In article <email@example.com>, firstname.lastname@example.org says…
Armin Steinhoff wrote:
Evan Hillas wrote:
Armin Steinhoff wrote:
This is not a ‘conflict’ … interrupt sharing is absolutely normal
It is, however, a conflict at the driver level purely because of
internal QSSL decision.
Not at ‘driver level’. It is done at the ISR level and that is more or
less independ from the driver.
What is ‘driver level’ and what is ISR level? I always thought the ISR
is a part of driver (of course, if device serviced by the driver
requires some interrupt handling). How can it be independent?
What?! I just finished explaining, clearly I thought, how it is the software design of the “other” shared driver that is causing the sharing problem.
Here is my few cents to this discussion or why shared interrupts in QNX
is worse than shared interrupts in Linux or Windows (at least while QNX
driver uses InterruptAttachEvent() call to install “default” ISR).
When ISR running at DIRQL decides it needs some more
processing, but it might be done at the lower priority
level, it put deffered procedure call (DPC) into queue.
DPC will be executed later with DISPATCH_LEVEL priority
that is above any user’s thread in a system, but below
hardware generated interrupts.
Priority levels (excursus to windows terms):
HIGHEST_LEVEL -bus errors and machine checks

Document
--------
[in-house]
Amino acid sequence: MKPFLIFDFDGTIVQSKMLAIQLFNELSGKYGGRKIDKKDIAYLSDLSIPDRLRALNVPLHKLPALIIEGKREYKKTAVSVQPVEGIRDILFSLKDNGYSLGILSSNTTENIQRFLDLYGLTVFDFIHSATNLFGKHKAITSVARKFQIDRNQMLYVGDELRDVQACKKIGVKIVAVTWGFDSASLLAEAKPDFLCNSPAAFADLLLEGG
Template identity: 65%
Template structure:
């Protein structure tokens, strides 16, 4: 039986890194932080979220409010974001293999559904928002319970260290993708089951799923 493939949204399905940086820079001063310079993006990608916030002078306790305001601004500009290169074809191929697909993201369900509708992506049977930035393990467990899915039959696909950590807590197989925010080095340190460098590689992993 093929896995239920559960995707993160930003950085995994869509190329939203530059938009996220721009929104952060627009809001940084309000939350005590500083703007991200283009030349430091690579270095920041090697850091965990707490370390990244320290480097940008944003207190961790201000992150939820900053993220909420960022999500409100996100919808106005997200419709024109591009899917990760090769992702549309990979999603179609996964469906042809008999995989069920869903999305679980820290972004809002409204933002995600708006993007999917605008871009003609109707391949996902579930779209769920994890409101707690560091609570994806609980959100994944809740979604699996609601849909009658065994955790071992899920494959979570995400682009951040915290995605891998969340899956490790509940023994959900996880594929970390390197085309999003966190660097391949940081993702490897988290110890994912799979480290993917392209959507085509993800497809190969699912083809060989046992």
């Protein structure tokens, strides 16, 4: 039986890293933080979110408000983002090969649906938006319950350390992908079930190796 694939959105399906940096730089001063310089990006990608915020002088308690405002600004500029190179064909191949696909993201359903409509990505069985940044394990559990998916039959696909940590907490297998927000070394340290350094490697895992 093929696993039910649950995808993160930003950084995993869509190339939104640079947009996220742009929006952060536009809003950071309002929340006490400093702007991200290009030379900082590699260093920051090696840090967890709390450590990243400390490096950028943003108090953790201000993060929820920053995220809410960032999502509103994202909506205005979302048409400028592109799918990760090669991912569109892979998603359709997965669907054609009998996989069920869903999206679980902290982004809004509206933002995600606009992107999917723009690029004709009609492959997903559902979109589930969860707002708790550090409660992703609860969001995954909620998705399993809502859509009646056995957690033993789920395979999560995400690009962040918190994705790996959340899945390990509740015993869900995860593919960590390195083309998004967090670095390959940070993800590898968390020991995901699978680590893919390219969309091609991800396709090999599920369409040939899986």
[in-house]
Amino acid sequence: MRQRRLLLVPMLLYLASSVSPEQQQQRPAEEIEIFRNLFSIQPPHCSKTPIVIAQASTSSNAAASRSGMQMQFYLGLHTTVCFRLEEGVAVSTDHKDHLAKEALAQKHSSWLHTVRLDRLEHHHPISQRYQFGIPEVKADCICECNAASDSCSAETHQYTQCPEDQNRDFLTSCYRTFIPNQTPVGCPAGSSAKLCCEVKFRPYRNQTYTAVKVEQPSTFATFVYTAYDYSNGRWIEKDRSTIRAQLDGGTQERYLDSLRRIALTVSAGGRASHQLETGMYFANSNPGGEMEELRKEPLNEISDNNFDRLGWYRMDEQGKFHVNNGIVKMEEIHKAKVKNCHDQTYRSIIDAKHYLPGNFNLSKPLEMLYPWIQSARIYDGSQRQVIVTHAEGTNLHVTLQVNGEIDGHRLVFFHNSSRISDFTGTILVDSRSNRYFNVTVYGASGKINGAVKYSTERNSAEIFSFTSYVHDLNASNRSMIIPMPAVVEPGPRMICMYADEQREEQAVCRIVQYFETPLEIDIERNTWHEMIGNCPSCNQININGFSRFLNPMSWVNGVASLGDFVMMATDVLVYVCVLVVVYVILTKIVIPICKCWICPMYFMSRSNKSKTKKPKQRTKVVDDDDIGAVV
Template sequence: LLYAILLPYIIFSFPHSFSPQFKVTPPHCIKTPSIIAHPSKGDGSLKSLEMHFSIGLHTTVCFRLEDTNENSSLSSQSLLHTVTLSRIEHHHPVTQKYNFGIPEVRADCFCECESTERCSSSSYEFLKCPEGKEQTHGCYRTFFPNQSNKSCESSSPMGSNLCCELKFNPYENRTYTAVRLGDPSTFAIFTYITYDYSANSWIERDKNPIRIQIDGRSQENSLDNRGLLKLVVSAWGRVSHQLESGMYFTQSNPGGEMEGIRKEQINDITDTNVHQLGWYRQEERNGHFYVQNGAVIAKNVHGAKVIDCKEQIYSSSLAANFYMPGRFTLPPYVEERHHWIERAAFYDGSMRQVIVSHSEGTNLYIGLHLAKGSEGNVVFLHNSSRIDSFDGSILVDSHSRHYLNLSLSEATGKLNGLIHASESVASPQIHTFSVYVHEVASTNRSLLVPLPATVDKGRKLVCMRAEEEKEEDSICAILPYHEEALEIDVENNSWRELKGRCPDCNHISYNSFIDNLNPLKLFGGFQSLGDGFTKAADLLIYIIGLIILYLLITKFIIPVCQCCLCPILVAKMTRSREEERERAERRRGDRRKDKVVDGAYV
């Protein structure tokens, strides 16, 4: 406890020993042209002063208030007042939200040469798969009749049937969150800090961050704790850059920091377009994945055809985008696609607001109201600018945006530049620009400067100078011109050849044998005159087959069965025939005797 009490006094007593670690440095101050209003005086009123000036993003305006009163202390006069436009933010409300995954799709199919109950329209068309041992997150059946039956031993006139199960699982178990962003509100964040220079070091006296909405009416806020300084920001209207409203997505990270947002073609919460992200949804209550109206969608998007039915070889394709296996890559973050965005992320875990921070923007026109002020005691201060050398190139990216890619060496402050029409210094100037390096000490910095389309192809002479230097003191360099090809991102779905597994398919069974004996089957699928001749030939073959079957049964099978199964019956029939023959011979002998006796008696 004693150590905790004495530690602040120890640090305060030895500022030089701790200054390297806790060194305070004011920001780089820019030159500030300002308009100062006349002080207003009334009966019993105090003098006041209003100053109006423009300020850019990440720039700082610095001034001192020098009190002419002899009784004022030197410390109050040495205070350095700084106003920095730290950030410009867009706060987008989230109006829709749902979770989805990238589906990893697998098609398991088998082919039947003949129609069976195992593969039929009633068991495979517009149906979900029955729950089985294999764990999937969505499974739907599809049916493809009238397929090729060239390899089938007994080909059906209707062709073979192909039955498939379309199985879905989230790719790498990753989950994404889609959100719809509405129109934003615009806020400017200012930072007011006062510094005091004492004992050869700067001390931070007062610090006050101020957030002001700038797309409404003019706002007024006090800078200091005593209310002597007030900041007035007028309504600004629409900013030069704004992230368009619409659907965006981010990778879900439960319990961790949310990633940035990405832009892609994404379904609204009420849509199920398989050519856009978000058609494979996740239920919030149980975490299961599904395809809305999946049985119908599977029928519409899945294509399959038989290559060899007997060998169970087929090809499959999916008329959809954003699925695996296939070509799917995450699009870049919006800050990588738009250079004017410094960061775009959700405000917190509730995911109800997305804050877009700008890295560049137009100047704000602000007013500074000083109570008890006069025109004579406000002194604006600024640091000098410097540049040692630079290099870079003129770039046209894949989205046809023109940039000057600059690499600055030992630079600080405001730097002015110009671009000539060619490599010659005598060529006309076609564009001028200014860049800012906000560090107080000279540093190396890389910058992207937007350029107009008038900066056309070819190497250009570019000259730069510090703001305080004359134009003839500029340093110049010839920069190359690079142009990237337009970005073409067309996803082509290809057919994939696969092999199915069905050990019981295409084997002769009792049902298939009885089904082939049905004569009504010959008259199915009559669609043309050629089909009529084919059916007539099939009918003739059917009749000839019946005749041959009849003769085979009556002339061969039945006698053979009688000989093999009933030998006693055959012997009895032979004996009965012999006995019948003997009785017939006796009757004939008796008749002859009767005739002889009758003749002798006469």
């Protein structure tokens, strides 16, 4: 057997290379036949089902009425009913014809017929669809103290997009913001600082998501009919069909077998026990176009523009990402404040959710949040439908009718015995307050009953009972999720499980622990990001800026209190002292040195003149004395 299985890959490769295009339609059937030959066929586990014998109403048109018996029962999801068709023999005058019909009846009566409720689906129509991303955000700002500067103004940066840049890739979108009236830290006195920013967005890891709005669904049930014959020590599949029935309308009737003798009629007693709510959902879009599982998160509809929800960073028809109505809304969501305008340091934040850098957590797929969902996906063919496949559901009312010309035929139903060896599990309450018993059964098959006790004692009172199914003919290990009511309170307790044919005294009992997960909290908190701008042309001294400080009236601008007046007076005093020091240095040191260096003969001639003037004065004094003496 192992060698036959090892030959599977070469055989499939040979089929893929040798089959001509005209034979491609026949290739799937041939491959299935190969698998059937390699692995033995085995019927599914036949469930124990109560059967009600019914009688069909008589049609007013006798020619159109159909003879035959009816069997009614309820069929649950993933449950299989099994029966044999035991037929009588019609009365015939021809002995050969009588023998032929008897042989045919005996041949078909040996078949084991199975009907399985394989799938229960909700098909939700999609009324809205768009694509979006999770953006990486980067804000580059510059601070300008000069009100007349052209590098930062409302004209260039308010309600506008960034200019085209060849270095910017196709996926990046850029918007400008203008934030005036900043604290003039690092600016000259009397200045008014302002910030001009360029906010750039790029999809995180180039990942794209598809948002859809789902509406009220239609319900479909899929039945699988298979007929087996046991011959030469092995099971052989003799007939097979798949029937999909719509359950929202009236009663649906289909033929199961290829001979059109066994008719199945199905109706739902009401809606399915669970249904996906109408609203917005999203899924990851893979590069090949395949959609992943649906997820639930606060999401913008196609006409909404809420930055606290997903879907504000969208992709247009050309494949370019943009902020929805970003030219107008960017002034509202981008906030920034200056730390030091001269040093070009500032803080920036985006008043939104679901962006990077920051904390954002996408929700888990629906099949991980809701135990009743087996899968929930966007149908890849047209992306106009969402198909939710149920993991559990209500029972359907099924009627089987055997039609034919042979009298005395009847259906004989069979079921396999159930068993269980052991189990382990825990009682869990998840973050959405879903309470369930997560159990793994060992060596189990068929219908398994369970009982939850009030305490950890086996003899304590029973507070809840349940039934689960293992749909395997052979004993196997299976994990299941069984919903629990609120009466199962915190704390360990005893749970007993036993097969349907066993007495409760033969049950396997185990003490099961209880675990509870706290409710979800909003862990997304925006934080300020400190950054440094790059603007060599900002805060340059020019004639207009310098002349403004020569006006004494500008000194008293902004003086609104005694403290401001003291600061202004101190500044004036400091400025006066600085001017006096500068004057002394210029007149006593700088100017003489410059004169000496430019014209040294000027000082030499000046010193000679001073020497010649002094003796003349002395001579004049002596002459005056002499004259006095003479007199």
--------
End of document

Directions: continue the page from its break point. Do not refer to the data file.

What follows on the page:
DIRQLs -hardware interrupt requests
DISPATH_LEVEL -scheduler and DPC execution
PASSIVE_LEVEL -normal thread execution level
If ISR decides it needs some more processing, but it
might be done later when interrupts acknowledged and
enabled, it put tasklet into queue to run. (Old kernels used
bottom halves (BH) to do deffered interrupt processing, apparently
BH mechanism in modern Linux kernels is a wrapper to tasklets, just
backward compatibility). It’s pretty close to Windows’ DPC (from view
of priorities and execution context).
If ISR decides it needs some more processing that could be
done later when interrupts acknowledged and enabled, it returns
event to the thread which is blocked waiting this event. Nice. It’s
easy to understand and easy to program. Now take a look at
InterruptAttachEvent(). It puts “default” ISR handler which masks
interrupt line and returns event to waiting thread. Fine. The
problem lays in a priority of that waiting thread. It may be a way
too low and this thread would be preempted by more “high priority”
task effectively leaving hardware interrupt line deaf to the
requests. And this is a difference from two models described above.
Actually, it’s easy to reduce the gap by boosting priority of
the interrupt waiting thread to max and return it back to normal
as soon as the thread issues UnmaskInterrupt(). I don’t know why this
is not default behaviour for InterruptAttachEvent(), but it can
be done programmatically for now. However, none of QNX standard
drivers do that, AFAIK. Therefore, some QNX standard driver might
be a dangerous neighbour to share interrupt line with.
Boosting interrupt hadling thread’s priority by passing argument
to driver may not be a good solution, because it looks more
logically to unmask interrupt ASAP and do the rest of job processing
the data with lower priority (although if rumours are true and
network drivers unmask interrupt after all data have been processed
this really doesn’t make difference, it’s just bad design).
Also, I don’t know if there is a queue for events returned by ISR. (I
did some experiments with QNX 6.0 and I believe there was not queue, but
I’m not sure). It also may make a difference.
The drivers that seem to be the biggest abuser of the flawed method are the network drivers.